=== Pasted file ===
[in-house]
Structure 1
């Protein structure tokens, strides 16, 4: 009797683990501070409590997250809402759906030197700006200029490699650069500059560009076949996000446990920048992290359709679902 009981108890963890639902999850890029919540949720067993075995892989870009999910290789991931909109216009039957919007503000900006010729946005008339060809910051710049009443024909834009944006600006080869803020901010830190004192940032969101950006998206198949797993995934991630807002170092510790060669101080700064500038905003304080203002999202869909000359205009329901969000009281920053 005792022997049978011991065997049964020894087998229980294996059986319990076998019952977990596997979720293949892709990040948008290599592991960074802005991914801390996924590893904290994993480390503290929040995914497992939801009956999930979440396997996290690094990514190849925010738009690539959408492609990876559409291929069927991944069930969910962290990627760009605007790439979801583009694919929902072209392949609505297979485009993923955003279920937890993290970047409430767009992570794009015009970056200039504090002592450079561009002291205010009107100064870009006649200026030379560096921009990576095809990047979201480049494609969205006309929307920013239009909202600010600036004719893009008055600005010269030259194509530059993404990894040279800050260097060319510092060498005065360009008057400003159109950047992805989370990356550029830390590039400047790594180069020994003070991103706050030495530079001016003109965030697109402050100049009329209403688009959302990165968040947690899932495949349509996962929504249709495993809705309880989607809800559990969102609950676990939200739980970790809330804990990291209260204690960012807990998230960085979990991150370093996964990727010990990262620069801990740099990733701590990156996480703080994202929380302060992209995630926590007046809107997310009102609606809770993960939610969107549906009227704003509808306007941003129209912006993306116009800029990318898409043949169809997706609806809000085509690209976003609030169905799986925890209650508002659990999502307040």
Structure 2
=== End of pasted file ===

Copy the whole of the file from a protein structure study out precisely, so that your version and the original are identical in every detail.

[in-house]
Structure 1
């Protein structure tokens, strides 16, 4: 009797683990501070409590997250809402759906030197700006200029490699650069500059560009076949996000446990920048992290359709679902 009981108890963890639902999850890029919540949720067993075995892989870009999910290789991931909109216009039957919007503000900006010729946005008339060809910051710049009443024909834009944006600006080869803020901010830190004192940032969101950006998206198949797993995934991630807002170092510790060669101080700064500038905003304080203002999202869909000359205009329901969000009281920053 005792022997049978011991065997049964020894087998229980294996059986319990076998019952977990596997979720293949892709990040948008290599592991960074802005991914801390996924590893904290994993480390503290929040995914497992939801009956999930979440396997996290690094990514190849925010738009690539959408492609990876559409291929069927991944069930969910962290990627760009605007790439979801583009694919929902072209392949609505297979485009993923955003279920937890993290970047409430767009992570794009015009970056200039504090002592450079561009002291205010009107100064870009006649200026030379560096921009990576095809990047979201480049494609969205006309929307920013239009909202600010600036004719893009008055600005010269030259194509530059993404990894040279800050260097060319510092060498005065360009008057400003159109950047992805989370990356550029830390590039400047790594180069020994003070991103706050030495530079001016003109965030697109402050100049009329209403688009959302990165968040947690899932495949349509996962929504249709495993809705309880989607809800559990969102609950676990939200739980970790809330804990990291209260204690960012807990998230960085979990991150370093996964990727010990990262620069801990740099990733701590990156996480703080994202929380302060992209995630926590007046809107997310009102609606809770993960939610969107549906009227704003509808306007941003129209912006993306116009800029990318898409043949169809997706609806809000085509690209976003609030169905799986925890209650508002659990999502307040």
Structure 2